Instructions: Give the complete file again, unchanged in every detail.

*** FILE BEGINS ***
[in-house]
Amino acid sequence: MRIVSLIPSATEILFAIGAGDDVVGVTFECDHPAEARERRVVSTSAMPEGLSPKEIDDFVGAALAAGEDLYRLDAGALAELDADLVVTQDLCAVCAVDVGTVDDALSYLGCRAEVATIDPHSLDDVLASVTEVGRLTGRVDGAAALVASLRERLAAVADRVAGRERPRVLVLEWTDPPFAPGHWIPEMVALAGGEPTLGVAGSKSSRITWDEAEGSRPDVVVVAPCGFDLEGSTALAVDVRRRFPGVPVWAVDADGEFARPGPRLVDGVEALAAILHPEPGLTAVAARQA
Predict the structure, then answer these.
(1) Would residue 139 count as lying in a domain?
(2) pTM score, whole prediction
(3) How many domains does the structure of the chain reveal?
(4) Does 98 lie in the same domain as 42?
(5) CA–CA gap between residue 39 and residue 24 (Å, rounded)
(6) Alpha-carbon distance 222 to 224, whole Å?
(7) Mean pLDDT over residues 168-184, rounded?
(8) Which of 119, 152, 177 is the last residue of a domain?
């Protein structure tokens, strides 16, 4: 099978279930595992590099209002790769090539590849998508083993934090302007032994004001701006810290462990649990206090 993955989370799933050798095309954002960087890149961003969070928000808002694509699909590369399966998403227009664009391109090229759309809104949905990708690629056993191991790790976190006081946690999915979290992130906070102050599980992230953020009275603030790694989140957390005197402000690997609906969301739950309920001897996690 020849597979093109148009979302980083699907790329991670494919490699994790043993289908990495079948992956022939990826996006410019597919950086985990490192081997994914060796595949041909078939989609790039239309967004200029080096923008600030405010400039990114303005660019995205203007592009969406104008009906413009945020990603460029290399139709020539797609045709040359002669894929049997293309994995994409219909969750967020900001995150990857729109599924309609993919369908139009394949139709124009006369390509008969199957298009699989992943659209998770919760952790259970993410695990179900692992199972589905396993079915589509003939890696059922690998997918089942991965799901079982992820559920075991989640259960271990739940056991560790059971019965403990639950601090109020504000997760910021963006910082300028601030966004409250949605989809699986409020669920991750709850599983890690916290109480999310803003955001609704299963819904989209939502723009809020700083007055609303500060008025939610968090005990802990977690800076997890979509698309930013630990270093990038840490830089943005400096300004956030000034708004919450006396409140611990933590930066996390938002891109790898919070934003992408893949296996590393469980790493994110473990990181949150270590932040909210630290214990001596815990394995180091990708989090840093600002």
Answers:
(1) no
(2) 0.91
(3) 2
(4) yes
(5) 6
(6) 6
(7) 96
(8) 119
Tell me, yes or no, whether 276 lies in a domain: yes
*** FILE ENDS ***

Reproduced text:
[in-house]
Amino acid sequence: MRIVSLIPSATEILFAIGAGDDVVGVTFECDHPAEARERRVVSTSAMPEGLSPKEIDDFVGAALAAGEDLYRLDAGALAELDADLVVTQDLCAVCAVDVGTVDDALSYLGCRAEVATIDPHSLDDVLASVTEVGRLTGRVDGAAALVASLRERLAAVADRVAGRERPRVLVLEWTDPPFAPGHWIPEMVALAGGEPTLGVAGSKSSRITWDEAEGSRPDVVVVAPCGFDLEGSTALAVDVRRRFPGVPVWAVDADGEFARPGPRLVDGVEALAAILHPEPGLTAVAARQA
Predict the structure, then answer these.
(1) Would residue 139 count as lying in a domain?
(2) pTM score, whole prediction
(3) How many domains does the structure of the chain reveal?
(4) Does 98 lie in the same domain as 42?
(5) CA–CA gap between residue 39 and residue 24 (Å, rounded)
(6) Alpha-carbon distance 222 to 224, whole Å?
(7) Mean pLDDT over residues 168-184, rounded?
(8) Which of 119, 152, 177 is the last residue of a domain?
């Protein structure tokens, strides 16, 4: 099978279930595992590099209002790769090539590849998508083993934090302007032994004001701006810290462990649990206090 993955989370799933050798095309954002960087890149961003969070928000808002694509699909590369399966998403227009664009391109090229759309809104949905990708690629056993191991790790976190006081946690999915979290992130906070102050599980992230953020009275603030790694989140957390005197402000690997609906969301739950309920001897996690 020849597979093109148009979302980083699907790329991670494919490699994790043993289908990495079948992956022939990826996006410019597919950086985990490192081997994914060796595949041909078939989609790039239309967004200029080096923008600030405010400039990114303005660019995205203007592009969406104008009906413009945020990603460029290399139709020539797609045709040359002669894929049997293309994995994409219909969750967020900001995150990857729109599924309609993919369908139009394949139709124009006369390509008969199957298009699989992943659209998770919760952790259970993410695990179900692992199972589905396993079915589509003939890696059922690998997918089942991965799901079982992820559920075991989640259960271990739940056991560790059971019965403990639950601090109020504000997760910021963006910082300028601030966004409250949605989809699986409020669920991750709850599983890690916290109480999310803003955001609704299963819904989209939502723009809020700083007055609303500060008025939610968090005990802990977690800076997890979509698309930013630990270093990038840490830089943005400096300004956030000034708004919450006396409140611990933590930066996390938002891109790898919070934003992408893949296996590393469980790493994110473990990181949150270590932040909210630290214990001596815990394995180091990708989090840093600002």
Answers:
(1) no
(2) 0.91
(3) 2
(4) yes
(5) 6
(6) 6
(7) 96
(8) 119
Tell me, yes or no, whether 276 lies in a domain: yes